NHS encourages people to get COVID booster jab as bookings open
The COVID vaccination programme, the biggest and most successful in health service history, has today started taking online and phone bookings from people invited for a booster jab.
People who are more vulnerable to the virus are being invited to top up their protection ahead of winter six months or more after receiving their second jab.
They do not need to contact the NHS but will be invited when it is their turn. Texts and letters are going out to around 1.5 million people this week.
The invites follow advice from the JCVI issued last week. Those in line for a booster jab include everyone aged 50 and over, frontline health and social care workers and those aged between 16 and 49 with an underlying health condition putting them at greater risk from the virus.
People will be able to book an appointment online at www.nhs.uk/covid-vaccination at one of the convenient vaccine sites across the country. People that aren’t able go online can book by phoning 119.
Dr Nikki Kanani, deputy vaccine lead for the vaccine programme, has called on people to book their top up vaccine as soon as they are invited to ensure they get extra protection ahead of winter.
Dr Nikki Kanani, GP and deputy lead for the covid vaccination programme, said: “An incredible 77 million vaccinations have taken place since the largest vaccination programme in NHS history launched, and thanks to hard-working NHS staff within 48 hours of receiving the advice the NHS has put booster vaccines in people’s arms along with starting the school vaccination programme also.
“Now that the National Booking Service has opened to people eligible for a booster it’s time to book yourself in, it’s the quickest and most convenient way to book your jab in – and by the time you’ve finished reading this story, you could be booked in with peace of mind knowing when you’re having your booster jab.
“The vaccines are the best way to protect yourself, your family and friends as we head in to winter when we know Covid can present a bigger risk to our health”.
While some hospital hubs and primary care sites began offering boosters last week, the programme will ramp up over the coming days as more vaccination centres and pharmacy-led clinics come online.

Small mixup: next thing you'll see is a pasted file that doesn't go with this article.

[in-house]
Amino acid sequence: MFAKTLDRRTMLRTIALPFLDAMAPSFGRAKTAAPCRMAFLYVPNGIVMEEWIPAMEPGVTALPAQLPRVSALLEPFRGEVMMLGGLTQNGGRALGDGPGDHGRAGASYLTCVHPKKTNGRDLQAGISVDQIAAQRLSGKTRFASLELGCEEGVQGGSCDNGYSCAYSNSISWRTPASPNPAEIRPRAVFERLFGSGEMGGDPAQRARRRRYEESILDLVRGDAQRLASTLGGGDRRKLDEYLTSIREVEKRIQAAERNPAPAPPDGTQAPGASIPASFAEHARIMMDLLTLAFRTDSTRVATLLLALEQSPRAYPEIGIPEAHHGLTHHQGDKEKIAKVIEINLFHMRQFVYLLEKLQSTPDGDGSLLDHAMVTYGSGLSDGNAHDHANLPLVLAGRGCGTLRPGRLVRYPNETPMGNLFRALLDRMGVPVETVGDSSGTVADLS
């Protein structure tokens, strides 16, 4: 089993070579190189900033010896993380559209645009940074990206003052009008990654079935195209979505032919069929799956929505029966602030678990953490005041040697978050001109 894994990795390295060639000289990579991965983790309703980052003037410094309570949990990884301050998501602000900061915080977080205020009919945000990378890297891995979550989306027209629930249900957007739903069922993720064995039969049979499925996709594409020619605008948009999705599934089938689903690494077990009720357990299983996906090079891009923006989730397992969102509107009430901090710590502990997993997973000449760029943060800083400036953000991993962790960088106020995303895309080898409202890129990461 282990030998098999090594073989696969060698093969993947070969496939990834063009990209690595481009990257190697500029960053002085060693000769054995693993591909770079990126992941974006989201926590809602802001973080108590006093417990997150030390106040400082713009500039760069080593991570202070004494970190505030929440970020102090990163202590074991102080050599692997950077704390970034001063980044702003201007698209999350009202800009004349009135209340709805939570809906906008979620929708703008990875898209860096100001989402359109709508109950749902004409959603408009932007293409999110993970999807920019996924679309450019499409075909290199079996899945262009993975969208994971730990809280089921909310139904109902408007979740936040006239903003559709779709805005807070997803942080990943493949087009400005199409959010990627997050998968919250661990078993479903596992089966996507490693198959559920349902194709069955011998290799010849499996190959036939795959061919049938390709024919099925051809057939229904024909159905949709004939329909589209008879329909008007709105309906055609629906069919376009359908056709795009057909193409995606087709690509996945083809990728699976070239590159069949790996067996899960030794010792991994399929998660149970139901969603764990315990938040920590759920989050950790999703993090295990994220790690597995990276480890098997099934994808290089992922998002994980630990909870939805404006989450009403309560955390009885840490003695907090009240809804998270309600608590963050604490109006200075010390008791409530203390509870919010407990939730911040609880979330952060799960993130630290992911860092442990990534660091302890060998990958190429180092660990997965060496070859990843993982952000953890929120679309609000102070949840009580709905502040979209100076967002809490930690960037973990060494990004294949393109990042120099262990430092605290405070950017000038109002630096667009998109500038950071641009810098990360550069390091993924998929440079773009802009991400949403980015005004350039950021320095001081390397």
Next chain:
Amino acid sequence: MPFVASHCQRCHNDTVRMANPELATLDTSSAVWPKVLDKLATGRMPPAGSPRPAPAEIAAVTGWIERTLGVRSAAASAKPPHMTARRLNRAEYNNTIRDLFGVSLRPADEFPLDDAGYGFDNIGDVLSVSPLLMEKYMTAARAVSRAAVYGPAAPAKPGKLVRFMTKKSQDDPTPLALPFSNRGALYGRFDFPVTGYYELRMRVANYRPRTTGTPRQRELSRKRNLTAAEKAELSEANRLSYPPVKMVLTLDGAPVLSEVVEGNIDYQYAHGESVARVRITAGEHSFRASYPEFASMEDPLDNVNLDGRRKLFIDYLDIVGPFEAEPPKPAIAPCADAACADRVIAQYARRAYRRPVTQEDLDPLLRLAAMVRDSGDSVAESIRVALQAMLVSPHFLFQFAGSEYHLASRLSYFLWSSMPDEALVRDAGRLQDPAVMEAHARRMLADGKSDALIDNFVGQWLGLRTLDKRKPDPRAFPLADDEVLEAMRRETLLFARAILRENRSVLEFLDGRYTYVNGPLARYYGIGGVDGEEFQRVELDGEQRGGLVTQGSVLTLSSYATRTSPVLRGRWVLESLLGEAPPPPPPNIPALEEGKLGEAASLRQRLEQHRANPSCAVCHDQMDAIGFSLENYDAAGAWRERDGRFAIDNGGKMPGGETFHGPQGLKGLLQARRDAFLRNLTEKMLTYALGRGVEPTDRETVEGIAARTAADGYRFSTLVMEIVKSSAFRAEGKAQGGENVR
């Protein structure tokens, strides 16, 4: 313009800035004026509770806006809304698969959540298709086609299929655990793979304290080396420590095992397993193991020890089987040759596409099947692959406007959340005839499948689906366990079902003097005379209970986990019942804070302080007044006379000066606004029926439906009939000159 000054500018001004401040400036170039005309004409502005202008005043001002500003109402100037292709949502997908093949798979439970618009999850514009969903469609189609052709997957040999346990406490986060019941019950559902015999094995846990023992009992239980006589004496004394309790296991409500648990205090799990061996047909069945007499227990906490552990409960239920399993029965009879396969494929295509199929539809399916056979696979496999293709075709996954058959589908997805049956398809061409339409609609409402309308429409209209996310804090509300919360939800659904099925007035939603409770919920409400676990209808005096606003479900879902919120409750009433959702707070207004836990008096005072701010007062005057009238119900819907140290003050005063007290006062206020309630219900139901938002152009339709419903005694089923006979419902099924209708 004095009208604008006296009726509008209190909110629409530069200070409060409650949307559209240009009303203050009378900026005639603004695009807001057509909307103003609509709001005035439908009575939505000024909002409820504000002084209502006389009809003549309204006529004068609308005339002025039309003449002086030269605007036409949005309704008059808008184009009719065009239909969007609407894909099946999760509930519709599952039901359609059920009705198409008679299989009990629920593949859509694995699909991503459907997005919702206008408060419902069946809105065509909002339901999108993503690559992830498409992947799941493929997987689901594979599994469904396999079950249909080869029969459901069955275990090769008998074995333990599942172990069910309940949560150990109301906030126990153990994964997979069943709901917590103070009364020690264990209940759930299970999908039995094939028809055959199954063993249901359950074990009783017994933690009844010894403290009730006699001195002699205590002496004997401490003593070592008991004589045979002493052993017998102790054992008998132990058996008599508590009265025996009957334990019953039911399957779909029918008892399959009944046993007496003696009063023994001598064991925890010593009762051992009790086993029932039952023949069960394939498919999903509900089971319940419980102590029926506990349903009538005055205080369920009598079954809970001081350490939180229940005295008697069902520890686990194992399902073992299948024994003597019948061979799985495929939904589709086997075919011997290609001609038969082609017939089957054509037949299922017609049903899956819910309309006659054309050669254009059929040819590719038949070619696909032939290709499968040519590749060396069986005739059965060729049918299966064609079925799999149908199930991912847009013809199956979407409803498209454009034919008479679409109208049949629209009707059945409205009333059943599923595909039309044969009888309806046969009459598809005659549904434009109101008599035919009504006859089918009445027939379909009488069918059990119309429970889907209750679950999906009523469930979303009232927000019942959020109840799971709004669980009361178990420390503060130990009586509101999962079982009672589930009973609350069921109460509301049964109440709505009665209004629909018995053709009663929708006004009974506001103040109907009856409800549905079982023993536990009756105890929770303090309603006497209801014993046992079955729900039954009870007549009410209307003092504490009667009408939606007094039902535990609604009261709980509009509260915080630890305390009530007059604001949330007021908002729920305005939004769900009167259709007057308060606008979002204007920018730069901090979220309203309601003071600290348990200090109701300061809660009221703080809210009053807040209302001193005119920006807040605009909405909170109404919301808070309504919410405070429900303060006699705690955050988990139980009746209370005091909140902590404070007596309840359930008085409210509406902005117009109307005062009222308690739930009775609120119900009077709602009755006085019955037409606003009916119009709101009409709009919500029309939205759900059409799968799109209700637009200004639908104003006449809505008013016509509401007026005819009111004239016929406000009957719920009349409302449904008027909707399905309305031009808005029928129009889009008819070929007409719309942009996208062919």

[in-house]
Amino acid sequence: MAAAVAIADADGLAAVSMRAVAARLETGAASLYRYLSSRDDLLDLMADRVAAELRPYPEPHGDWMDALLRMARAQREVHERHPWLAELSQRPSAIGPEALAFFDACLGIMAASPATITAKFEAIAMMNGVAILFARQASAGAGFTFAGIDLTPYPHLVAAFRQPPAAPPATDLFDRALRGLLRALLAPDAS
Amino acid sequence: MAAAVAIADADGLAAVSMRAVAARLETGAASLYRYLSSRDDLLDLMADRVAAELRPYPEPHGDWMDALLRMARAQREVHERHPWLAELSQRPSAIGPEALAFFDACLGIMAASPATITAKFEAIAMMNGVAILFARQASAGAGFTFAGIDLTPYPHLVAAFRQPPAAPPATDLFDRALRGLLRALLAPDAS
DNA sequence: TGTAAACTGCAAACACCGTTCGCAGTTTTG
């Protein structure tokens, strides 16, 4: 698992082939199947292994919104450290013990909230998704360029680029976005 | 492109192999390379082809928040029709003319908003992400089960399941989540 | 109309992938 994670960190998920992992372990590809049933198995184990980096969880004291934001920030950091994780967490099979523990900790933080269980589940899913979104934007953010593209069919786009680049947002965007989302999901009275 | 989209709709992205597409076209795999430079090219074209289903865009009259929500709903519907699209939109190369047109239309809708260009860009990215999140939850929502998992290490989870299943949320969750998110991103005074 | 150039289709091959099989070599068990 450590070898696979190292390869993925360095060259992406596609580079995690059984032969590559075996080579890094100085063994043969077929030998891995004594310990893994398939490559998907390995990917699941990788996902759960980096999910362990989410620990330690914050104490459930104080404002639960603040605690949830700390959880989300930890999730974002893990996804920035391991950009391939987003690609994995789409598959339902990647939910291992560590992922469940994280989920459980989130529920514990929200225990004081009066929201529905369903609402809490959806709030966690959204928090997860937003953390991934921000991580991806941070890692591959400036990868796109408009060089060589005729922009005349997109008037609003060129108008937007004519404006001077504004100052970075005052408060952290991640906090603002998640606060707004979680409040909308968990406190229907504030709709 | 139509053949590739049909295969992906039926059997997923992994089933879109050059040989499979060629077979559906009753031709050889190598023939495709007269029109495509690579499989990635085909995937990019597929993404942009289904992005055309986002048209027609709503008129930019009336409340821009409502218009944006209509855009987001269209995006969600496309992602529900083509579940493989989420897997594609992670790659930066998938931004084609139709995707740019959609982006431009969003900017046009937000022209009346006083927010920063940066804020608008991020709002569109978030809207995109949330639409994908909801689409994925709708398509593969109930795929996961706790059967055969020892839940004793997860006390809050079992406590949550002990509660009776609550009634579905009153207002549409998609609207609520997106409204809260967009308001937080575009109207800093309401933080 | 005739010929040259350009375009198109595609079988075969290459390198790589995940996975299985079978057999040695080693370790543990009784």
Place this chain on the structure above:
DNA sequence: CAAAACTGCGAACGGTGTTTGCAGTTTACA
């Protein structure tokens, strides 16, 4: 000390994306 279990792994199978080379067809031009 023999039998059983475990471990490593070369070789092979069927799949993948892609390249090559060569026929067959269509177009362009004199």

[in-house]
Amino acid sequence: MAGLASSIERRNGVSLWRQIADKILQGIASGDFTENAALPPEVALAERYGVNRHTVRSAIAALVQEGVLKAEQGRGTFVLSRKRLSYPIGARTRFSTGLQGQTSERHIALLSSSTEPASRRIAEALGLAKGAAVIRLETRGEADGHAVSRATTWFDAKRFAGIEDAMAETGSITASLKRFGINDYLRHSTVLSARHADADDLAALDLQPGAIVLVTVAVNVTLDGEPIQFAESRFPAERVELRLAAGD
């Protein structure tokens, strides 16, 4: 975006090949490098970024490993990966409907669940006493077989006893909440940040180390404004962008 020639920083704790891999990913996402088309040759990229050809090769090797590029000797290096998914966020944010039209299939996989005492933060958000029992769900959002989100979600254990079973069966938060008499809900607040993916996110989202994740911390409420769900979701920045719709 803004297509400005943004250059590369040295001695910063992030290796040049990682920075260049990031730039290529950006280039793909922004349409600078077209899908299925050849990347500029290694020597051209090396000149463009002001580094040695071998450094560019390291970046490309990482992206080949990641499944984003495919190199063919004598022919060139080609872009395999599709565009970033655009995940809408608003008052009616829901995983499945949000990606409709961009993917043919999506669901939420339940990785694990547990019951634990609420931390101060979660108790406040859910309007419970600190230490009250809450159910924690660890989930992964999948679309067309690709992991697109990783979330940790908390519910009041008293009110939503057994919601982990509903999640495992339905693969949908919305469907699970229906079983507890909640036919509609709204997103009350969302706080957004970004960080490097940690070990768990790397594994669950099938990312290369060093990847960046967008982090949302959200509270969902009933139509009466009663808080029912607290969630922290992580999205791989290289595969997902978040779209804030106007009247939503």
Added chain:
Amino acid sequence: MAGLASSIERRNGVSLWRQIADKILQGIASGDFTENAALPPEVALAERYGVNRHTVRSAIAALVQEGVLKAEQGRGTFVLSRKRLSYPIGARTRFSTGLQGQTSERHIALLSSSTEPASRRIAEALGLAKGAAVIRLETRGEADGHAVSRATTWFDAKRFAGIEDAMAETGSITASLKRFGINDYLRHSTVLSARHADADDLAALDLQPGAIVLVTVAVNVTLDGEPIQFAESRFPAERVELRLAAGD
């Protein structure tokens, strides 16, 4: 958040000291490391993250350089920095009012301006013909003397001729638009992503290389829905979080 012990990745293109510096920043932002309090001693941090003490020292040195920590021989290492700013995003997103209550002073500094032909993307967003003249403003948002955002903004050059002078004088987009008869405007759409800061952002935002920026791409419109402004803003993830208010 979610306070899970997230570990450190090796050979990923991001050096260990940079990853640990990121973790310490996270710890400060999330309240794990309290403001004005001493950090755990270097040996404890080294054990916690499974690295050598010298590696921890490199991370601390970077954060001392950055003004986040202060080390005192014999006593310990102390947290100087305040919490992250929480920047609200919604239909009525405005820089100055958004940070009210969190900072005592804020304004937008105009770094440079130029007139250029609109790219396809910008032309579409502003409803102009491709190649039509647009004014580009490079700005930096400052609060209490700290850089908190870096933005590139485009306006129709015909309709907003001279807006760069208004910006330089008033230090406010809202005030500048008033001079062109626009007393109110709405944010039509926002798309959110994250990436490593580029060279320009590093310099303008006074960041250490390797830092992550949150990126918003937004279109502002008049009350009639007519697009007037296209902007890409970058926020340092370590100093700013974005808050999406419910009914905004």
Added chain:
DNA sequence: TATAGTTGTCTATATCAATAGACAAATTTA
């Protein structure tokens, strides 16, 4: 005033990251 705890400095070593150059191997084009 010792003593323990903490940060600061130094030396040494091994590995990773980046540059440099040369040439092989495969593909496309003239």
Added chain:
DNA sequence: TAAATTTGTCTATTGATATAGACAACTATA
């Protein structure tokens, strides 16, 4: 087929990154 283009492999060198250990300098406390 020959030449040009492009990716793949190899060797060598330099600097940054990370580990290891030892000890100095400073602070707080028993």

With a minimum of six months required between the second and booster dose, some people in the original nine priority groups may not become eligible until early next year.
The booster programme will be delivered through existing sites including pharmacies, hospital hubs, GP practices and vaccination centres, and in line with JCVI guidance people will receive either one dose of Pfizer or half a dose of Moderna.
Local health teams will prioritise care home residents and staff to ensure they are offered a booster jab by the beginning of November.
People could also be offered a booster dose of the Oxford/AstraZeneca vaccine if they cannot have the Pfizer/BioNTech or Moderna vaccine.
Those who are eligible for a booster include:
- those living in residential care homes for older adults
- all adults aged 50 years or over
- frontline health and social care workers
- all those aged 16 to 49 years with underlying health conditions that put them at higher risk of severe COVID-19 (as set out in the green book), and adult carers
- adult household contacts of immunosuppressed individuals
The NHS made history when Maggie Keenan received the first COVID vaccine outside clinical trials in December 2020.
In the nine months since that moment, the NHS has administered over 77 million vaccinations, with more than four in five adults having had both doses.
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